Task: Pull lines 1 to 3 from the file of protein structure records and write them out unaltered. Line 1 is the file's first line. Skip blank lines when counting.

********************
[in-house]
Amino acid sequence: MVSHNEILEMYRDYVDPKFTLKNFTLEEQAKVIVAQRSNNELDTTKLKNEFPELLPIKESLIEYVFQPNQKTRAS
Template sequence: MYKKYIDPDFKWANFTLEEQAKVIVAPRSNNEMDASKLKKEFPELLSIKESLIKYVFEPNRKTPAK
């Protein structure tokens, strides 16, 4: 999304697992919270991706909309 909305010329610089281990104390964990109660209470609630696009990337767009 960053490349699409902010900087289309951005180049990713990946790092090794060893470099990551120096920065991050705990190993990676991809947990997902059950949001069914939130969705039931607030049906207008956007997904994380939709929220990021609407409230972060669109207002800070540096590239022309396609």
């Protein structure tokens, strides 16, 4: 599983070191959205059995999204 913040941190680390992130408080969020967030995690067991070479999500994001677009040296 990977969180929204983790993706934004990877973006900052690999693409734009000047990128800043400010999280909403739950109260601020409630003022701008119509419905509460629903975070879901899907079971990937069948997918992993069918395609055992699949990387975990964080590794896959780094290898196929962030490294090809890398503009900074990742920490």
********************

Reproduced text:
[in-house]
Amino acid sequence: MVSHNEILEMYRDYVDPKFTLKNFTLEEQAKVIVAQRSNNELDTTKLKNEFPELLPIKESLIEYVFQPNQKTRAS
Template sequence: MYKKYIDPDFKWANFTLEEQAKVIVAPRSNNEMDASKLKKEFPELLSIKESLIKYVFEPNRKTPAK